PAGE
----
Mars Breakthrough: Water Discovered Beneath Surface
Scientists have found evidence that liquid water exists on Mars, raising questions about the possibility of life on our neighboring planet.
The discovery, announced Wednesday, was made using the MARSIS radar instrument onboard the European Space Agency's (ESA) Mars Express spacecraft.
The researchers found a 12-mile-wide body of water buried under layers of ice and dust on the planet's southern pole region, the space agency said.
The scientists spent at least two years examining their data to make sure it was liquid water, not ice or another substance, according to the Associated Press.
"I really have no other explanation," Roberto Orosei, principal investigator of the MARSIS experiment, told the AP.
The #Mars Express radar investigation finds a subsurface feature spanning about 20km across under a 1.5km thick lay… https://t.co/NglyhHPK6T— ESA Science (@ESA Science)1532528480.0
Orosei, who is also the lead author of the findings published in the journal Science today, suggested that there may be more hidden pools of water on Mars.
"This is just one small study area; it is an exciting prospect to think there could be more of these underground pockets of water elsewhere, yet to be discovered," he said in a press release.
Previous findings have showed evidence of Mars' watery past, due to a vast presence of dried out river channels. NASA confirmed in 2015 that liquid water flows intermittently on present-day Mars. But today's announcement reveals there is an existing body of liquid.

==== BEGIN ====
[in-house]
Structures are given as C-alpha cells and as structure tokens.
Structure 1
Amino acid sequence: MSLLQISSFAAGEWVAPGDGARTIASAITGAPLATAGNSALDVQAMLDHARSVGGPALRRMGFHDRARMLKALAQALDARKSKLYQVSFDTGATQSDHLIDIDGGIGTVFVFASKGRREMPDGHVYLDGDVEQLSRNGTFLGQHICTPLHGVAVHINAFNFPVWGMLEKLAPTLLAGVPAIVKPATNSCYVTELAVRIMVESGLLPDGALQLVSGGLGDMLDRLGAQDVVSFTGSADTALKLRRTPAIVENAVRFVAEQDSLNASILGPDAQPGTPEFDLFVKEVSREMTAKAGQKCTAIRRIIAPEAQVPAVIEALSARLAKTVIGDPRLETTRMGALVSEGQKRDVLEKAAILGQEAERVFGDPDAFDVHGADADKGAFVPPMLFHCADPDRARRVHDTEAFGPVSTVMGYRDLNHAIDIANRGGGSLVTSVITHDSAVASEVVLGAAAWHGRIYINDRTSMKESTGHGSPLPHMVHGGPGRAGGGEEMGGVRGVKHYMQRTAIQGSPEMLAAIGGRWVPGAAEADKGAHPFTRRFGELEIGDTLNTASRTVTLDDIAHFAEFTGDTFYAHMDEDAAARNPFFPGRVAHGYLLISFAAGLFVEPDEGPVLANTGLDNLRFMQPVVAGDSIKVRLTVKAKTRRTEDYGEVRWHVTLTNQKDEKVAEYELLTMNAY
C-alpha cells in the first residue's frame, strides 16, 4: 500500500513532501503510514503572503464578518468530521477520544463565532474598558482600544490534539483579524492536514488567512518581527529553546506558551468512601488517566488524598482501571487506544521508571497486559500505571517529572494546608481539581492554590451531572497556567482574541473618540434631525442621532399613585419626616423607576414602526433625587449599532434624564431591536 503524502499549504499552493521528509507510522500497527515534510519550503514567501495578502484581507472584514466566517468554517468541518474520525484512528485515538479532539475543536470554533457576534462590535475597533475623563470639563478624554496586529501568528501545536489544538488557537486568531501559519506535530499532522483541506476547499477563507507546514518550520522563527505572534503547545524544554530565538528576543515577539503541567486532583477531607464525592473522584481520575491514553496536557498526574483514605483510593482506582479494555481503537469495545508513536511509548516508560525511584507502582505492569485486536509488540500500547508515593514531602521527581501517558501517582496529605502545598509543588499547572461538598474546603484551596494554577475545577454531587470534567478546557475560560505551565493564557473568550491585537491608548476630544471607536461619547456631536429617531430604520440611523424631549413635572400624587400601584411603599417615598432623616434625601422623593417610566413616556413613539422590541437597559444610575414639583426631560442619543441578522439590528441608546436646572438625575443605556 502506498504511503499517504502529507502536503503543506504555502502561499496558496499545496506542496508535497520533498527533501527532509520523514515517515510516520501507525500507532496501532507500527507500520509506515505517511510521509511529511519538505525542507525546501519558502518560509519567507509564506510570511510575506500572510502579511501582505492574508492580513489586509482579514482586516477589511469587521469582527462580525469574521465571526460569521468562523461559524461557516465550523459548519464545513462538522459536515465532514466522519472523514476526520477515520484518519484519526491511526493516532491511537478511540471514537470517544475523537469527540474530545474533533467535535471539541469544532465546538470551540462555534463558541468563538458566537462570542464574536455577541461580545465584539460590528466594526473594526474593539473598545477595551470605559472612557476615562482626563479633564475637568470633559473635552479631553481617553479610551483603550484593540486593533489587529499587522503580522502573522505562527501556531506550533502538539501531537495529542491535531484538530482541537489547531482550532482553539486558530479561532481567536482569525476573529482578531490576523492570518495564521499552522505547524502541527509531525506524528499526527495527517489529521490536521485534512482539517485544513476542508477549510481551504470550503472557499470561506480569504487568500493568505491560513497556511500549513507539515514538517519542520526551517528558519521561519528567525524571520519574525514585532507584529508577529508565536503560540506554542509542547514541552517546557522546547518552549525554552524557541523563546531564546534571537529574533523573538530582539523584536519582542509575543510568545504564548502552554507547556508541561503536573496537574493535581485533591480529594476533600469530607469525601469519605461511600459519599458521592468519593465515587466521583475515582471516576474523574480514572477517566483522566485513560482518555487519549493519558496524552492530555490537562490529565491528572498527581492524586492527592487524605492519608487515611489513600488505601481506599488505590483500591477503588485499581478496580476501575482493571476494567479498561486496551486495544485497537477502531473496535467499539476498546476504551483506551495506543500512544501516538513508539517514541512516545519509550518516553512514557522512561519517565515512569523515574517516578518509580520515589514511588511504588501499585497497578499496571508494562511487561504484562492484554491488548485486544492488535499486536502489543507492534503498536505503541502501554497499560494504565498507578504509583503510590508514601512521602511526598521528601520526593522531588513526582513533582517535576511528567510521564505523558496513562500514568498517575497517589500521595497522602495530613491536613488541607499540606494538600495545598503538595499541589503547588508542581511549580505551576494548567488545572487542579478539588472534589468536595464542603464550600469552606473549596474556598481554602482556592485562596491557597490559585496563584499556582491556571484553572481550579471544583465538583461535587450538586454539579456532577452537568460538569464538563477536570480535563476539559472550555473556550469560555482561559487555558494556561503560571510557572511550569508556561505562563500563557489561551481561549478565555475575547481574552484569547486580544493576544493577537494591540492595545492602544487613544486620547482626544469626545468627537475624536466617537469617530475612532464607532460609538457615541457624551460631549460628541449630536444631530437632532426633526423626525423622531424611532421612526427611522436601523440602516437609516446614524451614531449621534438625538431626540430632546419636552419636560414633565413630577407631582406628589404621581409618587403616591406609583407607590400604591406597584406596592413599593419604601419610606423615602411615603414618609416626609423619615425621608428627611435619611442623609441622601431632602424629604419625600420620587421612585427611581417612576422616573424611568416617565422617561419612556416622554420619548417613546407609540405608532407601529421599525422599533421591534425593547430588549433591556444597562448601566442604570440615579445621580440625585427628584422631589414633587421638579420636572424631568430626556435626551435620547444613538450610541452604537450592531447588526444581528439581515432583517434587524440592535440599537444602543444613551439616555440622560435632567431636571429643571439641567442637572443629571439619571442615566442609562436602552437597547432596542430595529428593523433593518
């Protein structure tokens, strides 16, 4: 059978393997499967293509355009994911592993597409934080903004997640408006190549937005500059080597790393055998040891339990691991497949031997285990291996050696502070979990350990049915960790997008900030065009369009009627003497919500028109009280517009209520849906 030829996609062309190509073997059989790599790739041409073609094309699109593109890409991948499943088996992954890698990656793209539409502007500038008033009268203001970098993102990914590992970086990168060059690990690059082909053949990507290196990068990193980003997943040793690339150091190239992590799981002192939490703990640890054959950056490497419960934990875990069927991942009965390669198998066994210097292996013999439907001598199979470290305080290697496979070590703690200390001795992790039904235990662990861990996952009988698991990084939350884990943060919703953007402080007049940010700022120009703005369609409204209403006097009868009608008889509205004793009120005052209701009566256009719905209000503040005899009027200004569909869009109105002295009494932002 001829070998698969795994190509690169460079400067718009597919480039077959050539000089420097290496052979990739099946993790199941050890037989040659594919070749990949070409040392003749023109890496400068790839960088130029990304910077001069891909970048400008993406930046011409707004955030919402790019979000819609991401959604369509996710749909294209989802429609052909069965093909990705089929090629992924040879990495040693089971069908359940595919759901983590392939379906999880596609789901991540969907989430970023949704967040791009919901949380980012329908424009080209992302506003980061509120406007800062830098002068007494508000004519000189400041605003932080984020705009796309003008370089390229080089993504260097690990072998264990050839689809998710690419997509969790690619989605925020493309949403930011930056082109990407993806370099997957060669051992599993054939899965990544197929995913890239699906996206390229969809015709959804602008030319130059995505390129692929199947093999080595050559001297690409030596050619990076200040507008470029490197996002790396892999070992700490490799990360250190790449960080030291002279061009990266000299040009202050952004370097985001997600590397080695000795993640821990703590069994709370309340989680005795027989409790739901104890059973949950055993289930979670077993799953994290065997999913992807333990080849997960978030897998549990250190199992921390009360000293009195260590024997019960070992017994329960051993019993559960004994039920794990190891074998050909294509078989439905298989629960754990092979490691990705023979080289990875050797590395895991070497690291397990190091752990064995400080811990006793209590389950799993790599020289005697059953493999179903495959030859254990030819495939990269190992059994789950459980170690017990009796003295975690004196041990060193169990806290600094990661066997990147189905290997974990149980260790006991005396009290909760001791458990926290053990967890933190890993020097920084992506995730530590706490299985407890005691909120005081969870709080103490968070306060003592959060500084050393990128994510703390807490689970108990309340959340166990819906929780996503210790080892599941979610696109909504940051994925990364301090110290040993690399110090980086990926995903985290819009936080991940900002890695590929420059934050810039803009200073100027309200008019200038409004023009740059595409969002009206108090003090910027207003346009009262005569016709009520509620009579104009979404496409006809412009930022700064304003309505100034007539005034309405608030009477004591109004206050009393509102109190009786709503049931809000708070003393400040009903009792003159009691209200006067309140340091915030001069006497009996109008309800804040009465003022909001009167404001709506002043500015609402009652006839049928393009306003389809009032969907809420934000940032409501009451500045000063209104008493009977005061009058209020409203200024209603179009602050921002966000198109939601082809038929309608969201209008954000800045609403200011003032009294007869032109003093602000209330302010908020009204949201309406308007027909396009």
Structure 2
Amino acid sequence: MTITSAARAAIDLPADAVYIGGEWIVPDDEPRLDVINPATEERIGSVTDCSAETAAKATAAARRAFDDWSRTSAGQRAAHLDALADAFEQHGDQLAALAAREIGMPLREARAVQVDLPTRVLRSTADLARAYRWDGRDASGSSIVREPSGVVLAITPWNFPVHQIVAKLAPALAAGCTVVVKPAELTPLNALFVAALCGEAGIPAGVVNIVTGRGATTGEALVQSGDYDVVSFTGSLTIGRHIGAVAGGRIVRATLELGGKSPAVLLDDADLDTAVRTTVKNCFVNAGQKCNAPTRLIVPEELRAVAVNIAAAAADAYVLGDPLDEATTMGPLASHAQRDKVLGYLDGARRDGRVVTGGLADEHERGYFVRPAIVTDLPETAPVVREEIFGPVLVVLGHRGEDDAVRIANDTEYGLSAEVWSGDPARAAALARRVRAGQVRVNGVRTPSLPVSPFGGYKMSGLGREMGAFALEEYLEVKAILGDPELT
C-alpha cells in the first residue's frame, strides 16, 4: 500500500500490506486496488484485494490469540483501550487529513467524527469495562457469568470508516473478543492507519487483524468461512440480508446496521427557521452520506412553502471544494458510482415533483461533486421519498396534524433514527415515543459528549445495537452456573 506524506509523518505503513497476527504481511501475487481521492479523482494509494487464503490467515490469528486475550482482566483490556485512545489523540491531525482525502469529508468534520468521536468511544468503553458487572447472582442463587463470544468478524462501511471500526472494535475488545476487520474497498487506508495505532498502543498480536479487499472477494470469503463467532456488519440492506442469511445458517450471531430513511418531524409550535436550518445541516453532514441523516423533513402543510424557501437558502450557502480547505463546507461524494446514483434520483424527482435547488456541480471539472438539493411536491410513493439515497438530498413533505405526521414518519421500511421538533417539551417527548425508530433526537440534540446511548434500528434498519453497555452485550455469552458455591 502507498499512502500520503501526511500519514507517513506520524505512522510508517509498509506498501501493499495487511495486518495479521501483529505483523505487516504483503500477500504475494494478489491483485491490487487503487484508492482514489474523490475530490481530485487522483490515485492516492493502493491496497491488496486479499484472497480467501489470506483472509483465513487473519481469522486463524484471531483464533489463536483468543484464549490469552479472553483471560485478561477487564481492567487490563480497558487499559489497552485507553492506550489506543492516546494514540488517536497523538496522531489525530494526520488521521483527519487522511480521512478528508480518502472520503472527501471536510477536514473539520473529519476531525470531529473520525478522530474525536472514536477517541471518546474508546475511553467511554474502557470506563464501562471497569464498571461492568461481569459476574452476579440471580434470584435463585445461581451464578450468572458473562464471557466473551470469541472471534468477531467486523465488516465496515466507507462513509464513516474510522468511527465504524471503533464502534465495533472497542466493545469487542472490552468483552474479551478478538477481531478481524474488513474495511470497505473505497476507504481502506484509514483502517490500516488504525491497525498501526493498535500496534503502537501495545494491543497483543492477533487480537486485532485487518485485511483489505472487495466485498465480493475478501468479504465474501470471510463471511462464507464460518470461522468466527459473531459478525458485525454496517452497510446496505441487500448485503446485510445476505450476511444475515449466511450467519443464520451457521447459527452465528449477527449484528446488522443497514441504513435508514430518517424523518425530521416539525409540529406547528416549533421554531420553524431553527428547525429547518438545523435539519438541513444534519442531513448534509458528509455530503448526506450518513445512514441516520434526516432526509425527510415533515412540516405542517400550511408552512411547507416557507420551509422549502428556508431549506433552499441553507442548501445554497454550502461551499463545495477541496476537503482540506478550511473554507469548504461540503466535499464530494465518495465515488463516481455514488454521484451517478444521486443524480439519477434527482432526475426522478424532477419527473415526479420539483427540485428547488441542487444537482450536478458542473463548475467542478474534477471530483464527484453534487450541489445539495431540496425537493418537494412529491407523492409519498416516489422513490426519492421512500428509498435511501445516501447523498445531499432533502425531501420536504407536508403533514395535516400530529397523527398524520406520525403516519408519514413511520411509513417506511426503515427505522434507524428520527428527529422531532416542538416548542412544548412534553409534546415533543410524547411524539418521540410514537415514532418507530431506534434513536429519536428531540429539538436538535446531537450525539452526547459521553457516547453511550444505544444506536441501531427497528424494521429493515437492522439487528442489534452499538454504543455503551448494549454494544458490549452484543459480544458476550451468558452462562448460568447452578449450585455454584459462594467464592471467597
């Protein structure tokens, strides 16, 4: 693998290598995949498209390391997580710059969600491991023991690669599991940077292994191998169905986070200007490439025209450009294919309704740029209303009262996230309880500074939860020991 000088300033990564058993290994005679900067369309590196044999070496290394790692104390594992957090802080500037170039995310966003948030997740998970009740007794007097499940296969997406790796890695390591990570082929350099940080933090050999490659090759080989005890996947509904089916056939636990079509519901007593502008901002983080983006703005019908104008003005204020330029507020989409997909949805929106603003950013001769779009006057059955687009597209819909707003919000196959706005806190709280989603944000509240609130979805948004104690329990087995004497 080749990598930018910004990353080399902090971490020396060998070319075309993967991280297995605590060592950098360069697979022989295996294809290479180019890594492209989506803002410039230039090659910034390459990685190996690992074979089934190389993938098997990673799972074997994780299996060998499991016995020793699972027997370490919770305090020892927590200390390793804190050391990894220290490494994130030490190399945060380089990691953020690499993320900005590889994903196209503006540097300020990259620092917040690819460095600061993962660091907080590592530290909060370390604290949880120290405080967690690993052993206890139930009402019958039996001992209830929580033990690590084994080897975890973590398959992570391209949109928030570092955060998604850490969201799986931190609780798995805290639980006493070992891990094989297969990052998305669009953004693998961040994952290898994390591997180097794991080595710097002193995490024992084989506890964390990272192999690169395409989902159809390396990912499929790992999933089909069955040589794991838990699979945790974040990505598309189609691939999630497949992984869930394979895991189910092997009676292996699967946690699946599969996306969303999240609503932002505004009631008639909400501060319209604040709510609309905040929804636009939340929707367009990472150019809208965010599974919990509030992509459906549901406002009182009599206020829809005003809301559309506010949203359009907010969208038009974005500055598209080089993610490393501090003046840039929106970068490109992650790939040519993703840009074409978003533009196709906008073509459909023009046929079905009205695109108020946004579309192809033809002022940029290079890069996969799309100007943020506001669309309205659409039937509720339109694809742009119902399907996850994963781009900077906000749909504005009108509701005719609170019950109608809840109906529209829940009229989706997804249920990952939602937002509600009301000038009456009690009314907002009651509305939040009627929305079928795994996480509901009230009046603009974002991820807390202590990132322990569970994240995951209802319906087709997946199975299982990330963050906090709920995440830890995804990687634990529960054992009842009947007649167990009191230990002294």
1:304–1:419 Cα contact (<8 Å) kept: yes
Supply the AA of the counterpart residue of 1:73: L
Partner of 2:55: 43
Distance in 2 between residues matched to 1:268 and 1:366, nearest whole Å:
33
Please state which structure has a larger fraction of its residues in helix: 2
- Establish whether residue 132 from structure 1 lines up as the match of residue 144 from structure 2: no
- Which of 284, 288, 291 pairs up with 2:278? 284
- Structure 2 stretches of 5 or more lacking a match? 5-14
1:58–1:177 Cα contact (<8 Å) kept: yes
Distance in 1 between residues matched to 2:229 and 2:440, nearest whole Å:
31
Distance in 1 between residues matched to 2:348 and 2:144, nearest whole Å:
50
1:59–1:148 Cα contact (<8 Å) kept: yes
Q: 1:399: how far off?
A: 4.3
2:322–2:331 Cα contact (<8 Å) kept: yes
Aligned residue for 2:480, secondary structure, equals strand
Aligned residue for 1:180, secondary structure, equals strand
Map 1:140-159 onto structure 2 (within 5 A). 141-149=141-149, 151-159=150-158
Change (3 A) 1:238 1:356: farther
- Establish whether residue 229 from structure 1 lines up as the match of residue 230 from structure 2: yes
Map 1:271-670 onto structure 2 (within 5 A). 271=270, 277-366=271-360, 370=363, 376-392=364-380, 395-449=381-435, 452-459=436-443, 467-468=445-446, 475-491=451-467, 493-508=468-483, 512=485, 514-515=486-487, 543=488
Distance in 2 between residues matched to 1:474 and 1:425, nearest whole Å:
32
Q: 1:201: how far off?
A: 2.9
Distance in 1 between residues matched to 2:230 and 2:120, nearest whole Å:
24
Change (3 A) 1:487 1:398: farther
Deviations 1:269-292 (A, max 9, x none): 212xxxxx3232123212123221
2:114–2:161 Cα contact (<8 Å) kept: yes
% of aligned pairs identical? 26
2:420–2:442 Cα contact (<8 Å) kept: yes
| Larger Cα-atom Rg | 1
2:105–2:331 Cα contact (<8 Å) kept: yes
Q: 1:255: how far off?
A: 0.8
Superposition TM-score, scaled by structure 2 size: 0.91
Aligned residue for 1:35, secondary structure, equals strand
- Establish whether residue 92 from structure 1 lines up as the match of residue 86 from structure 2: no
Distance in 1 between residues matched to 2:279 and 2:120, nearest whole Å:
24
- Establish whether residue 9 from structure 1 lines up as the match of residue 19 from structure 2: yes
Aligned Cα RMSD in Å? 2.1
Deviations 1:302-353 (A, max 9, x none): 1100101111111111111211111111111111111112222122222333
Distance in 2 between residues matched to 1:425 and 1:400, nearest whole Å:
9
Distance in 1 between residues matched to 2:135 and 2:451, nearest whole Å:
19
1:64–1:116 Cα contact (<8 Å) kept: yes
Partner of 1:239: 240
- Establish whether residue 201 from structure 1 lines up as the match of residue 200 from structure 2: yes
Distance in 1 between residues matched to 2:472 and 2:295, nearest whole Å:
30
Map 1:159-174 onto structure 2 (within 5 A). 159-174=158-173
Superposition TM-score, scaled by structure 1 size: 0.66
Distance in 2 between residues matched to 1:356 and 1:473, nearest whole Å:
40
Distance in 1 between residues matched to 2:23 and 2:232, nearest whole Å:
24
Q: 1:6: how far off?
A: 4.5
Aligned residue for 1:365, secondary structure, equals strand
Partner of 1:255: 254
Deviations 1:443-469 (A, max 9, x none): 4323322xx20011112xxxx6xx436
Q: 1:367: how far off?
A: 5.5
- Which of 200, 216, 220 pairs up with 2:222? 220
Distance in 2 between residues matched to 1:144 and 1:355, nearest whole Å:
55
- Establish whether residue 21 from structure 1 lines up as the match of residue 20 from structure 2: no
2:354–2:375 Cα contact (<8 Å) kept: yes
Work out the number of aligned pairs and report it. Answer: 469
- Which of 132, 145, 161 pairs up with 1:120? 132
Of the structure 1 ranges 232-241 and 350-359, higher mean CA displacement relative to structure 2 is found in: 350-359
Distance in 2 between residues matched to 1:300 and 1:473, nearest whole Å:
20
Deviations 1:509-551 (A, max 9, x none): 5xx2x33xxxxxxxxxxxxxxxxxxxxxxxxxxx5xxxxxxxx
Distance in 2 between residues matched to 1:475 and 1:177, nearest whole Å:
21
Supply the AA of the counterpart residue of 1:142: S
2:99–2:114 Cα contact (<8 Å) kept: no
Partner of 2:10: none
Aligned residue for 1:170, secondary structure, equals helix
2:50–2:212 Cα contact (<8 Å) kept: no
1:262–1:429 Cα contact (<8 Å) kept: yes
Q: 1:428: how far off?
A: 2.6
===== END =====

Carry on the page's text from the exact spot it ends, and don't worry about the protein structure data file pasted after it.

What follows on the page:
The finding has fueled speculation that there could be, or was, life on the red planet, as water is essential for life. But as Manish Patel from the Open University told BBC News, "We are not closer to actually detecting life."
The underground Martian water is likely extremely cold, salty and sediment-rich, making it challenging for life to survive.
However, Patel continued, "What this finding does is give us the location of where to look on Mars. It is like a treasure map—except in this case, there will be lots of 'X's marking the spots."
The researchers are eager to further explore the planet.
"The long duration of Mars Express, and the exhausting effort made by the radar team to overcome many analytical challenges, enabled this much-awaited result, demonstrating that the mission and its payload still have a great science potential," said Dmitri Titov, ESA's Mars Express project scientist, in the press release.
"This thrilling discovery is a highlight for planetary science and will contribute to our understanding of the evolution of Mars, the history of water on our neighbor planet and its habitability."
Elon Musk: We Must Colonize Mars for Humanity to Survive the 'Dark Ages' https://t.co/yWq68u2AFM @Greenpeace @ScienceNewsOrg— EcoWatch (@EcoWatch)1520888709.0
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Sweden's reindeer have a problem. In winter, they feed on lichens buried beneath the snow. But the climate crisis is making this difficult. Warmer temperatures mean moisture sometimes falls as rain instead of snow. When the air refreezes, a layer of ice forms between the reindeer and their meal, forcing them to wander further in search of ideal conditions. And sometimes, this means crossing busy roads.
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By Aaron W Hunter